MRS. SARAH ZACHARY. – This pioneer of 1843 is not only one of the first settlers of Oregon, but among the oldest persons in the Northwest. She has attained her eighty-sixth year, and is still in firm health and of sound mind. Eleven children were born to her, eight of whom are now living. She has seventy-six grandchildren, and sixty-five great-grandchildren.
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She is a Kentuckian, born in 1804, and was married at Nineteen to Alex Zachary, with whom she moved to Arkansas in1824, and to Texas in1836, coming out to Oregon five years later. They were in the famous company Applegate, Burnett, Nesmith and Shively, which was piloted by Doctor Whitman. They shared the usual hardships and pleasures of the company, experiencing nothing peculiar but a serious and almost fatal accident at the Kaw river. The ferry-bat with which the crossing wa made was overloaded and perhaps badly managed. At all events it sank in midstream, drawing down the goods and provisions, and scattering Mrs. Zachary and the nine children amid the waves and strong current. Quite a party of Indians were along he shore, who showed their goodwill by immediately diving into the water and bringing all the children safely to the land. Mrs. Zachary caught hold of an ox-yoke and was thus kept afloat, but not without being drifted far down stream before her rescue. As their entire outfit was thus lost, the distressed mother begged her husband to return and to temp the dangers of the way no more. But the other emigrants were ale each to spare a little of their provisions, and insisted upon the unfortunate family continuing the journey. The plains were crossed, and the old-fashioned method offloading the wagon and children on rafts at The Dalles, and from the Cascades by bateau, and driving the cattle over the trail north of Mount Hood, was brought into use; and the Zacharys found themselves at Oregon City safe and well.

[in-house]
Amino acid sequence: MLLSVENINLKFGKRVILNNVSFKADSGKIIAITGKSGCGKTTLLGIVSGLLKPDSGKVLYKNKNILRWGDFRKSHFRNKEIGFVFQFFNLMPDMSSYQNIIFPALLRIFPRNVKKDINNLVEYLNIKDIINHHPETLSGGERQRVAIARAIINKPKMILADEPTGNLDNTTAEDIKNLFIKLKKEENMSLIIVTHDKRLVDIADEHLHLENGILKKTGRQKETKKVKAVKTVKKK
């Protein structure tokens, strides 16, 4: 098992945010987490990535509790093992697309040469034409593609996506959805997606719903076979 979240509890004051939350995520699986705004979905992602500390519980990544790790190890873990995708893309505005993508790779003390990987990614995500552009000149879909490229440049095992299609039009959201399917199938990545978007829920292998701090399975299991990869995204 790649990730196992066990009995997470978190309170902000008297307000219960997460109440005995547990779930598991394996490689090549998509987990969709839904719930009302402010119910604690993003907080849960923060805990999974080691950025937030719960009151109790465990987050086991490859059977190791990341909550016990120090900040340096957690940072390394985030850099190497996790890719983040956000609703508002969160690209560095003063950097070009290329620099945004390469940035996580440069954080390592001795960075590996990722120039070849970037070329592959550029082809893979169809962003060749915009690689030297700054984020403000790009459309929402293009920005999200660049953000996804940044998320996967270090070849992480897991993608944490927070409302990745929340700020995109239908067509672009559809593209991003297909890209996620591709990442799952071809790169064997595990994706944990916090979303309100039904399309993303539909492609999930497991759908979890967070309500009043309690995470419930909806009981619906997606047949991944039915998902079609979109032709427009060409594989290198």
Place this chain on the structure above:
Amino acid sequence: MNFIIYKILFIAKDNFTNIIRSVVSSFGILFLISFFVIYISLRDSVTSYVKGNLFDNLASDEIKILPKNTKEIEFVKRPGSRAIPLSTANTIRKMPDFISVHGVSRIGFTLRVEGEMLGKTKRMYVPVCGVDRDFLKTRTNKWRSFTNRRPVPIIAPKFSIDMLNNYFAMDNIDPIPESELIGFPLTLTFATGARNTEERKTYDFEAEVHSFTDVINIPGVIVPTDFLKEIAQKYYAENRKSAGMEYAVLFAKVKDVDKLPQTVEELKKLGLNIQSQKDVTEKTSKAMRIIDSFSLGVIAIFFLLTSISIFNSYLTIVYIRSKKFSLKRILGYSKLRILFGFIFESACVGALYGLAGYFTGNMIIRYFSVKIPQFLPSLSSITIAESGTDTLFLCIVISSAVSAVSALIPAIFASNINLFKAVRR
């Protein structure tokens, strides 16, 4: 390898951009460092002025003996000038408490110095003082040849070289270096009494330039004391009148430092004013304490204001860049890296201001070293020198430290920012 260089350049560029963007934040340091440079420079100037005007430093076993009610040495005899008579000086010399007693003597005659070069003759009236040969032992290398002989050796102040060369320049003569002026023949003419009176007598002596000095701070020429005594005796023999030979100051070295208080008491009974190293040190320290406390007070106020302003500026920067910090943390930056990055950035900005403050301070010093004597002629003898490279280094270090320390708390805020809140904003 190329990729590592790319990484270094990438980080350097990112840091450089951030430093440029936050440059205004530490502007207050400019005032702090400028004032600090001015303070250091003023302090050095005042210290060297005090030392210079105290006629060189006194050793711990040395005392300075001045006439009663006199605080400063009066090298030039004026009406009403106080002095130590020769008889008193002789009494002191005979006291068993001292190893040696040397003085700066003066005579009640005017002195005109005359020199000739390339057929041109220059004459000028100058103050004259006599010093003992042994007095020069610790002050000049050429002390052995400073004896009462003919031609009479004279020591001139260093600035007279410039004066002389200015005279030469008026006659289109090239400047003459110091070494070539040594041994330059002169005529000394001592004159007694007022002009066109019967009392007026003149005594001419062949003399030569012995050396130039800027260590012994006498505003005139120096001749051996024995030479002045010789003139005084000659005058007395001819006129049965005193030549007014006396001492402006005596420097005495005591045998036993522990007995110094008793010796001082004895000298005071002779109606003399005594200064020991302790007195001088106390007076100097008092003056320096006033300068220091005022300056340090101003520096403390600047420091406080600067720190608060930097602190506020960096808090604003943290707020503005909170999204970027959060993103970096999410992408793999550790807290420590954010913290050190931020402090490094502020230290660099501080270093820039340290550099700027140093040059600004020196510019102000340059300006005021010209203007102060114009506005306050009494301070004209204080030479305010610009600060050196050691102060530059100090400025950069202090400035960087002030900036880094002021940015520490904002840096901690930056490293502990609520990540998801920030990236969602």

Mr. Zachary bought the Five Oaks farm in Washington county, going to work almost immediately with the same cattle with which he had crossed the plains. He plowed and sowed fifty acres of land, and hauled sufficient rails to fence a hundred acres. This was thrift. This pioneer was born in1802 in North Carolina, moving west to Kentucky and finally to Oregon. He lived upon his magnificent farm until his death in 1859. He served during the Cayuse war, and went to California, gold-digging, in 1848. Of their eleven children eight are still living. Two of the daughters are in Washington county, and one in Wasco county, Oregon. Two of the sons are in Eastern Oregon; and the others are in the Willamette valley. The venerable Mrs. Zachary, still vigorous, makes her home with her second eldest daughter, Mrs. Emerick at Cornelius, Oregon, and enjoys life with her children, grandchildren and great-grandchildren, and is one of the mothers of Oregon. A world of interest, delight and pathos lingers about the sunset years of such a life as that of this lady.